'Golem'
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1927 (the company) was first seen in 2007 (the year). Its show Between the Devil and the Deep Blue Sea established the template for what has come since: the dark side of English whimsy, like a nightmare Hermione Gingold narrating tales in which live figures interact with Expressionist/Constructivist video animations and music from the kind of Weimar-era cabaret best avoided. The company has subsequently enjoyed international success with The Animals and Children Took to the Streets and even fashioned a production of The Magic Flute for Berlin’s Komische Oper; its new work comes to London from co-producers the Salzburg Festival. And it’s a bleak, delightful, antique, topical treat in every way.

This year has seen the centenary not just of the outbreak of the first world war, but of the publication of Gustav Meyrink’s take on the Golem mythos. In Meyrink’s version the clay man stalks through a disjointed, Kafkaesque Prague; in Suzanne Andrade’s dramatisation, her protagonist Robert Robertson lives in a similarly trippy-yet-hyperreal modern city, part-London, part-Los Angeles, part-everywhere.

The roughly human-shaped clay figure he buys as a labour-saving device begins to show independent thought, then to offer “advice” which is really direction, with all the smoothness of an Iago. Soon Robert and his family are living the vapid, consumerist lifestyle favoured by the Golem’s new corporate masters. If Golem 1.0 was something of an iSore, Golem 2.0 is a higher-tech iFul and Golem 3.0 so pervasive that it is indistinguishable from the “I” of identity.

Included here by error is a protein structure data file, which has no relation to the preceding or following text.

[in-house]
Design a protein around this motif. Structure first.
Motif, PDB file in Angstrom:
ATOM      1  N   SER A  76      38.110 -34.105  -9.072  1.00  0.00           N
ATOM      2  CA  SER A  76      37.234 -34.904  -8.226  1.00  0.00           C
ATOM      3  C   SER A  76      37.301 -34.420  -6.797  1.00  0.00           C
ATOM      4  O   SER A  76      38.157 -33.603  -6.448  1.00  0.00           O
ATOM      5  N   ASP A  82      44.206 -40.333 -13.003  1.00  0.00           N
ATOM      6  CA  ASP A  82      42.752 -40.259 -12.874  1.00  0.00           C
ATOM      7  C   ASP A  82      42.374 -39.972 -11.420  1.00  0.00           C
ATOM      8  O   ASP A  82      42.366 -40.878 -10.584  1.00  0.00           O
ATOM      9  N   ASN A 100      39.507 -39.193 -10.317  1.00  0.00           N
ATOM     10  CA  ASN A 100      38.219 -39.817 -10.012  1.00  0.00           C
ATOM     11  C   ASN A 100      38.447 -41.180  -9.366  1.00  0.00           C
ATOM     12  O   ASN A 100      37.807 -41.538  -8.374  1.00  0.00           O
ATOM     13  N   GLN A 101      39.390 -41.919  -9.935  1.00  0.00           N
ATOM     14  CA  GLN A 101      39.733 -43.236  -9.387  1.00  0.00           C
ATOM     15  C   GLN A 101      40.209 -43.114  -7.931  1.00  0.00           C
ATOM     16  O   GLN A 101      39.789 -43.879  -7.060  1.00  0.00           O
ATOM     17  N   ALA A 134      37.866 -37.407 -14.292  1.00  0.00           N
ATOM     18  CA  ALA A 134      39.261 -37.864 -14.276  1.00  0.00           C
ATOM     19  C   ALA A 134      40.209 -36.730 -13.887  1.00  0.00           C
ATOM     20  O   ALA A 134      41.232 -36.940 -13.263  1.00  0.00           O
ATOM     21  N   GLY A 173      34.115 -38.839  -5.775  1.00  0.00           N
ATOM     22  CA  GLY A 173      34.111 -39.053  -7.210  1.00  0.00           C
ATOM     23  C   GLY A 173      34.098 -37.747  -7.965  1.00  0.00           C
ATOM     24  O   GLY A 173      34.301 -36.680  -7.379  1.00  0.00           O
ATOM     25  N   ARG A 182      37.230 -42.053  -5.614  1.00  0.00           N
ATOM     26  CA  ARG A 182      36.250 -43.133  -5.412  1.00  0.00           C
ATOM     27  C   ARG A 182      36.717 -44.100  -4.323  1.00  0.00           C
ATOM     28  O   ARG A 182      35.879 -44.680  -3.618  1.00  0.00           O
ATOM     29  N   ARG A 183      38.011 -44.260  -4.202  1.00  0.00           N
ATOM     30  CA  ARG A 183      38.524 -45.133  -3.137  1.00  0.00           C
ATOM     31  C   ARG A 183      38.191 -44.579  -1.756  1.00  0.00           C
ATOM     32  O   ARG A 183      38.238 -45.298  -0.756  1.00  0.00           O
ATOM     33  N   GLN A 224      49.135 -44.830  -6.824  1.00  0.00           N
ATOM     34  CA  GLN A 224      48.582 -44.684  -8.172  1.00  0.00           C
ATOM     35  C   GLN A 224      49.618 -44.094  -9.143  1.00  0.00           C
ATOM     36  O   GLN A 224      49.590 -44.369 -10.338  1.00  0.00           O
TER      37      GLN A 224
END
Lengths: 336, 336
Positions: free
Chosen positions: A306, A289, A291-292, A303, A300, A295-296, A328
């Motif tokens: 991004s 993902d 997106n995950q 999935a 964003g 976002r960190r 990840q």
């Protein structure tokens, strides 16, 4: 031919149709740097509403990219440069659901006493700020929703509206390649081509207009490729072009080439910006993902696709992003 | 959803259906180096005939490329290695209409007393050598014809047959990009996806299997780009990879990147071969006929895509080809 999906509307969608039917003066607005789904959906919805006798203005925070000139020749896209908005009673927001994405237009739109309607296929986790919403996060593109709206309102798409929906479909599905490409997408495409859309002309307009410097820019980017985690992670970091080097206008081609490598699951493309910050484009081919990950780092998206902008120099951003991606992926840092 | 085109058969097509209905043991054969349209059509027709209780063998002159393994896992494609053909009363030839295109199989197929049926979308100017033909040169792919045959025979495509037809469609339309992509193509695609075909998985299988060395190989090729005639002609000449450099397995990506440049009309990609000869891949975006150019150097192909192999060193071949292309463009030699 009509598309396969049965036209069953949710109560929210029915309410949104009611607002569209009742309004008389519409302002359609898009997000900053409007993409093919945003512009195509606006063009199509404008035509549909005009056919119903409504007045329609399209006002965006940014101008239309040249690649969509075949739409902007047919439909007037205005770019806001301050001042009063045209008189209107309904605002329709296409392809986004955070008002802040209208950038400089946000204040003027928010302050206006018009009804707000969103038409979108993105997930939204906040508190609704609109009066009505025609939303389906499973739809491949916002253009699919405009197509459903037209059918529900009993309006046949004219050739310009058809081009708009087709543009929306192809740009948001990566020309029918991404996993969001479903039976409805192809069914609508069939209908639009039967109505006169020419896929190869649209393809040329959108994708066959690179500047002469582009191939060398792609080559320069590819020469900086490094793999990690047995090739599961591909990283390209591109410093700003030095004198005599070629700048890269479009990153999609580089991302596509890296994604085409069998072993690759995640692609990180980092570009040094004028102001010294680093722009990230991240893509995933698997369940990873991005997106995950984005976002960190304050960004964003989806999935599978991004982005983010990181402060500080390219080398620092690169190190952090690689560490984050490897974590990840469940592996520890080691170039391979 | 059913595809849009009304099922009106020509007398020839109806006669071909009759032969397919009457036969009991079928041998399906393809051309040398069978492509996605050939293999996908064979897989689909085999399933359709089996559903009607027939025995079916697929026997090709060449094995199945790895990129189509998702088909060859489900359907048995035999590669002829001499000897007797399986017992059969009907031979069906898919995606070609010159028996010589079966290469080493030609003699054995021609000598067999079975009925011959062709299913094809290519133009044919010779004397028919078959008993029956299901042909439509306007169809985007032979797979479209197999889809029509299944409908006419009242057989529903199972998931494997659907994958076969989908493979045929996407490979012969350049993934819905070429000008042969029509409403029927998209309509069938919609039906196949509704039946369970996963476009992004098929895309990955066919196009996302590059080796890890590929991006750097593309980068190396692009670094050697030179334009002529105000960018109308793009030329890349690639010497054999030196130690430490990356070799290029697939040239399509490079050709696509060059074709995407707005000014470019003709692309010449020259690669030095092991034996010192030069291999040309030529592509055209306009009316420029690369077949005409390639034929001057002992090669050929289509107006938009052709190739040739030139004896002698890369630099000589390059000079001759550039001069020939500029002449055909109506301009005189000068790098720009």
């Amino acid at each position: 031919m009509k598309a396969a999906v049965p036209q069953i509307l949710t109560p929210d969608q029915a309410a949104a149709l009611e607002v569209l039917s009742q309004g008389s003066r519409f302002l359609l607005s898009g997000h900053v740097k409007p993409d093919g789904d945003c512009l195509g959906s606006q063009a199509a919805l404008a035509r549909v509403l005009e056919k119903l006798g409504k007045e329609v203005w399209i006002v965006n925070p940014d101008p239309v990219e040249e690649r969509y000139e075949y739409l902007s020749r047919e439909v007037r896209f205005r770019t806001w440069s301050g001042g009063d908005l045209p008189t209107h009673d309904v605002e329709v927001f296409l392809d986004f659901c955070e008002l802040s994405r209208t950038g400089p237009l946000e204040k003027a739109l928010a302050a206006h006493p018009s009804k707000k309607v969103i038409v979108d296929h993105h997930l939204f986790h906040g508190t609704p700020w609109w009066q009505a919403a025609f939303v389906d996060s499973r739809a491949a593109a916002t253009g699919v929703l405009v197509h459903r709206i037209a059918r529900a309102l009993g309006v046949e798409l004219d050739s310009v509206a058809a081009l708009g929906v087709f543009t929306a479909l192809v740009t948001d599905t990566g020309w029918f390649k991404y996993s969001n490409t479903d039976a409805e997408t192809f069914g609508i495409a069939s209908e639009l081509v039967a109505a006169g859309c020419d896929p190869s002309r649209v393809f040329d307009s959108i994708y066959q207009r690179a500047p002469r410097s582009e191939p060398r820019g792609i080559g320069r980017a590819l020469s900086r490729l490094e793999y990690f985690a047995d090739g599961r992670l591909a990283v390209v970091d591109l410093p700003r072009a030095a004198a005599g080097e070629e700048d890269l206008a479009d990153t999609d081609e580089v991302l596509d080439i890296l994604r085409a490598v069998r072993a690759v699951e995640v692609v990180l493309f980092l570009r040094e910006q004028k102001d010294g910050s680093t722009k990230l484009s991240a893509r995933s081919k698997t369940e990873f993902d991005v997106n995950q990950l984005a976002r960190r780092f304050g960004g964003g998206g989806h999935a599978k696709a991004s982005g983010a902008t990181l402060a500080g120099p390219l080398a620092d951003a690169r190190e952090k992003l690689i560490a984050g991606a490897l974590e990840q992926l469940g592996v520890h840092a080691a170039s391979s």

Yes, this is a parable about the perils of passive techno-consumerism and the illusion of choice. But it makes its point in a manner that is both mordant and deliciously sly. It incorporates nods to figures ranging from playwrights Karel Čapek and Friedrich Dürrenmatt to punk diva Poly Styrene and her band X-ray Spex . . . even, in the claymation of Golem 1.0, to early Aardman Animation hero Morph. Paul Barritt’s films are more colourful than before as well as more complex, and for the first time the company uses performers beyond its core quartet, but all of whom look like offcuts. You won’t find a smarter piece of fun, whose grin contains an unsettling gleam of fang.

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